M.I.A/ \ / \ / \ Y / \
WTF? Let down + crazy town. “Born Free” video controversy is the only reason this could have been popular. Maybe her wedding distracted her?

The NationalHigh Violet
Is everyone overproducing these days? Boxer, Alligator – great albums. I wanted to like it but just didn’t feel growth here.

Of MontrealFalse Priest
After Skeletal Lamping I wanted to like this but I couldn’t. Nothing stood out. Too much orgy, not enough music. I’m sure this is just temporary.

Rogue WavePermalight
Hard to beat Out of the Shadow & Descended Like Vultures, Permalight didn’t succeed. Reinventing with poppy electronic is a trend this year.

SpoonTransference
Indie band with a long history of great albums. This was not one of them. Everyone has a bad day.

Sufjan StevensAge of Adz
I just don’t get it. Maybe I’m not supposed to get it. Electronic + Sufjan = disaster.


Note: All photos are copyright © 2010 Brendan Bush unless otherwise noted. You are free to copy, distribute and transmit them as long as proper attribution is given, in accordance with this Creative Commons policy.



Split Tongue Crow, Split Tongue Crow

Filed Under: Album Reviews, Local Bands
Written by Brendan
Friday December 3, 2010

Split Tongue Crow - Split Tongue CrowI often feel that there is some pejorative connotation to a qualification of a band as “local.”  It feels like by using “local” I am somehow putting a band in a lesser class.  I don’t know if that comes across to you or is just in my head, but it’s something that I don’t intend.

Because the fact is that while cities like Los Angeles and Brooklyn are well-known incubators of quality musicians, there are a number of Vermont-based bands who are putting out extremely high-quality music, but simply lack exposure.

The better for me of course, because I get to see these bands perform for a few bucks a pop, but I do feel like many of them deserve more recognition.

One such band is newly-named Split Tongue Crow (formerly Rogue Eyebrow), an alt-country outfit out of Rutland.  They’ve just released their self-titled debut LP, an easygoing, tender slice of Green Mountain Americana.

While much of the album has a fairly laid back feel, echoing roots in traditional American country music, there is definitely some guitar-laden country rock bubbling just beneath the surface.  “Avalon” which opens the album with Spanish-style string work, “Horizons,” and “No Reservations,” a slightly drawling tune that leans a little too far country for my tastes, show the potential to be fleshed out into heavier hitters at a live performance.

The songs featuring vocalist Cara White beside one of the male singers, like “Easy Come,” “Mother’s Okay” and “Midlife Missile Crisis” stand out as favorites of mine.  I dig the songwriting of the latter(“I’m hiding out in my own reverie, oh clever me/ no, never me, I’ll never grow old”), which to me is the highlight of the album.  The sorrowful tenderness, drowsy guitars and male-female harmonies are really touching.  Oddly I find myself craving Metallica’s “Nothing Else Matters” every time I hear the song.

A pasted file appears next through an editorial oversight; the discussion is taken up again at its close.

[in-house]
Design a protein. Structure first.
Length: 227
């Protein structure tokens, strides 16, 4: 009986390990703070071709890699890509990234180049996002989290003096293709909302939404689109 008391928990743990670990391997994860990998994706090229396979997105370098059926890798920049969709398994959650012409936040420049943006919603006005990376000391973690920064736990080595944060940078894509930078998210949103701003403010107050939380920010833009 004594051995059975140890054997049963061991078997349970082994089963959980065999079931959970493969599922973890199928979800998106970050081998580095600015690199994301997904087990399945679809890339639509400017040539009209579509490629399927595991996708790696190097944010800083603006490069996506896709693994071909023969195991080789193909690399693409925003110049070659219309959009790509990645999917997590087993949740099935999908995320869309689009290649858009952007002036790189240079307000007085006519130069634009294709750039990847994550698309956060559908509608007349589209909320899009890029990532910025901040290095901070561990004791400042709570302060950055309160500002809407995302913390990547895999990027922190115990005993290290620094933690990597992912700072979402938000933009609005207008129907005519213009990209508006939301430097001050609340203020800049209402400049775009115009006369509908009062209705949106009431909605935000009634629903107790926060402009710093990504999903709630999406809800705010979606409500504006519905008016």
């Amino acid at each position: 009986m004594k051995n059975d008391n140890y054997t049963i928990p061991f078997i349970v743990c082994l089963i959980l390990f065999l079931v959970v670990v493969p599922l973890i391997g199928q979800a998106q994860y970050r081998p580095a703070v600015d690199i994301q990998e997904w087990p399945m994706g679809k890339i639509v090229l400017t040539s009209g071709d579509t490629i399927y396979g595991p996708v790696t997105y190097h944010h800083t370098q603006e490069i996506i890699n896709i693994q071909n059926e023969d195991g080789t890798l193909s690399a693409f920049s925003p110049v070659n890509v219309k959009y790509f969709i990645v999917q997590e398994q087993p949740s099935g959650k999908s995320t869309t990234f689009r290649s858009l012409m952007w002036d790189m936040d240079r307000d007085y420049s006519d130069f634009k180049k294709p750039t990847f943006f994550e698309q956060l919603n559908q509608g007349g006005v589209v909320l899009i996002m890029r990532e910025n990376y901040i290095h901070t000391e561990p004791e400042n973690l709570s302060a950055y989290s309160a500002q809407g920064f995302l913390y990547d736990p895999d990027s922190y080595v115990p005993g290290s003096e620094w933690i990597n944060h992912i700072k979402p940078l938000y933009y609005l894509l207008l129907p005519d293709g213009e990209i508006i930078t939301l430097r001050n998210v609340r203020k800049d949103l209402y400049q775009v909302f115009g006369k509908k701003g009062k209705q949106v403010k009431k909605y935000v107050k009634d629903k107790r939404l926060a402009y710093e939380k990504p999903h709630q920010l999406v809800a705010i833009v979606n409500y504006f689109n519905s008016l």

“Manuel” picks up the pace a little bit, offering a bass-laden, danceable groove that keeps my feet tapping and my head nodding, while not feeling out of place on such a mellow album.

“The Day You Left This Earth (Dragonfly)” has a particularly personal connection to me, as the story of the dragonfly was related to me by my mother as a young kid, to help me come to grips with the death of a close family friend.  It may be an easy metaphor, but it worked for me then, and I can feel it working for White in this song.

One of these days, I’m going to catch Split Tongue Crow at a Burlington-area venue, and I can only hope that their live show captures the same character, emotion and honesty as this album.

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Note: All photos are copyright © 2010 Brendan Bush unless otherwise noted. You are free to copy, distribute and transmit them as long as proper attribution is given, in accordance with this Creative Commons policy.

Standout album: Out of the Shadow by Rogue Wave

Filed Under: Album Reviews
Written by Brendan
Wednesday October 27, 2010

Rogue Wave - Out Of The ShadowAs happens in the last several months of every year, I’m getting worn out from new music overload, and I’ve been re-exploring stuff in my music catalog from 2004 and 2005. Among the gems that I’ve found is Rogue Wave’s debut album, Out Of The Shadow. If this one isn’t in your collection, I highly recommend you pick it up.

At the time the album was re-released by Sub Pop in 2004, the band consisted of Zack [Schwartz] Rogue, bassist Evan Farrell, drummer Pat Spurgeon and guitarist Gram Lebron, though most of this album was written and recorded by just Schwartz.

The album evokes a gamut of emotions with its stripped down acoustic ballads and full-band, hook-driven pop songs. It has sunny, laid-back California vibes and darker, lonely undertones. There isn’t a misstep or a bad song on the album. Even in places where Schwartz’s lyrics seem trite or pun-based (in this postage stamp world / you can all get in line / and lick my behind), the lush musical accompaniment and the genuine emotion in his voice manage to overcome.

I saw Rogue Wave two or three times between the release of this album and their followup, 2005′s Descended Like Vultures, and they definitely stand out as one of the more entertaining acts from that period. Though I can’t say that I love the direction their most recent two releases have taken, I do think that Out Of The Shadow ranks as one of my favorite pop-rock albums of this decade.